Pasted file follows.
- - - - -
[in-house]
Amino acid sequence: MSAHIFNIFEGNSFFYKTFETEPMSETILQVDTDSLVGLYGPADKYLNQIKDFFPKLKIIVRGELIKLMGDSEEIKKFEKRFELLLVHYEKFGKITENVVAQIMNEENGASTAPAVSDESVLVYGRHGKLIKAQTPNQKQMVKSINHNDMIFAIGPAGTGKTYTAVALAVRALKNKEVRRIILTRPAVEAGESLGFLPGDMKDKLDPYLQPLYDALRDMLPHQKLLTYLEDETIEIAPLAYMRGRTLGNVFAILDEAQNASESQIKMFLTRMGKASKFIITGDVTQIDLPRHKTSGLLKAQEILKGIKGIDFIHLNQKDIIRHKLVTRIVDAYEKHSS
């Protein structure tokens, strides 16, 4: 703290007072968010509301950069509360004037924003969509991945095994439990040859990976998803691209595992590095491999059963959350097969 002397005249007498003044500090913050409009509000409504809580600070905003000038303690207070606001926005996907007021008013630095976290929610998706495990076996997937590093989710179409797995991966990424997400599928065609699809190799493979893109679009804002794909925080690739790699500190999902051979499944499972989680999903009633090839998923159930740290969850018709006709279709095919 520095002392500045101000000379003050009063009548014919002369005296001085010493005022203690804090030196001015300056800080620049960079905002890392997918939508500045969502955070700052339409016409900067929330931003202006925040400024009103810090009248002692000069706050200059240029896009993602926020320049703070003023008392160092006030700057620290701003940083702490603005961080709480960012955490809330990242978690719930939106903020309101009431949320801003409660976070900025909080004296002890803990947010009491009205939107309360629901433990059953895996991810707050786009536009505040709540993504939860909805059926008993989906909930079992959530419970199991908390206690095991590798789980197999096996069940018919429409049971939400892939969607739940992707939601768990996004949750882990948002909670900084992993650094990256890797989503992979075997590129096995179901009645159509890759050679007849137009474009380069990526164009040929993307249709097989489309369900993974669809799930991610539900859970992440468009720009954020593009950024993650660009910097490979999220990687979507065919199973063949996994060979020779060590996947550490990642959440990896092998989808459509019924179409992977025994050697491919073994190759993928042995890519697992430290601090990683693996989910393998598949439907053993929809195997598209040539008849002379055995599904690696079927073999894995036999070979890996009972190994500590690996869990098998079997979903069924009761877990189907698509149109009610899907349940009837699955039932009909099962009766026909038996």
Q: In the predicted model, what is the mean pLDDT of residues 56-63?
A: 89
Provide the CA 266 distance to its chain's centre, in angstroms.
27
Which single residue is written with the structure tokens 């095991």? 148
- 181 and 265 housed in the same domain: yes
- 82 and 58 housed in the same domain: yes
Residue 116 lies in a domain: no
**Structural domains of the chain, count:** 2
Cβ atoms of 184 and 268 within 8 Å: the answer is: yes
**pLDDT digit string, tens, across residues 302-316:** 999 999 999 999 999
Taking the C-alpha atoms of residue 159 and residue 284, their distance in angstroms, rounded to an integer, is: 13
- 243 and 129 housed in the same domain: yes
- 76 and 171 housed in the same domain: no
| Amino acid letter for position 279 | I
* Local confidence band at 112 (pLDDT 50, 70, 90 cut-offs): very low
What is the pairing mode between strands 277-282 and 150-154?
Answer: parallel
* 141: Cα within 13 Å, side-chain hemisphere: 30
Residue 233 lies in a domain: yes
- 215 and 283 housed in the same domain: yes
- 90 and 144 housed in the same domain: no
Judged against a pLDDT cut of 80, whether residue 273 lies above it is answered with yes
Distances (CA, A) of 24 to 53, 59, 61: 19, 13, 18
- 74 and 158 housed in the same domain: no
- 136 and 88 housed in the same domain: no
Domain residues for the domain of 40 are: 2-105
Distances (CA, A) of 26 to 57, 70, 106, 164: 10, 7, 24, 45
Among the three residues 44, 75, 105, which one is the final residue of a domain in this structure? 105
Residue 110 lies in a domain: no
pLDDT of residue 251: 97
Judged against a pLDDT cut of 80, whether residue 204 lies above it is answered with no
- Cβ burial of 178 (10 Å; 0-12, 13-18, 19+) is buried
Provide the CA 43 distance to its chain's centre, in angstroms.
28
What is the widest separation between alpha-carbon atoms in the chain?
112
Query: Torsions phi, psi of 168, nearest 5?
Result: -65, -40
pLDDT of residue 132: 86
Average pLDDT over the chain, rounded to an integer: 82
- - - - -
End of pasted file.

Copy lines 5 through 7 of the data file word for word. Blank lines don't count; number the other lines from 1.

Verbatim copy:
A: 89
Provide the CA 266 distance to its chain's centre, in angstroms.
27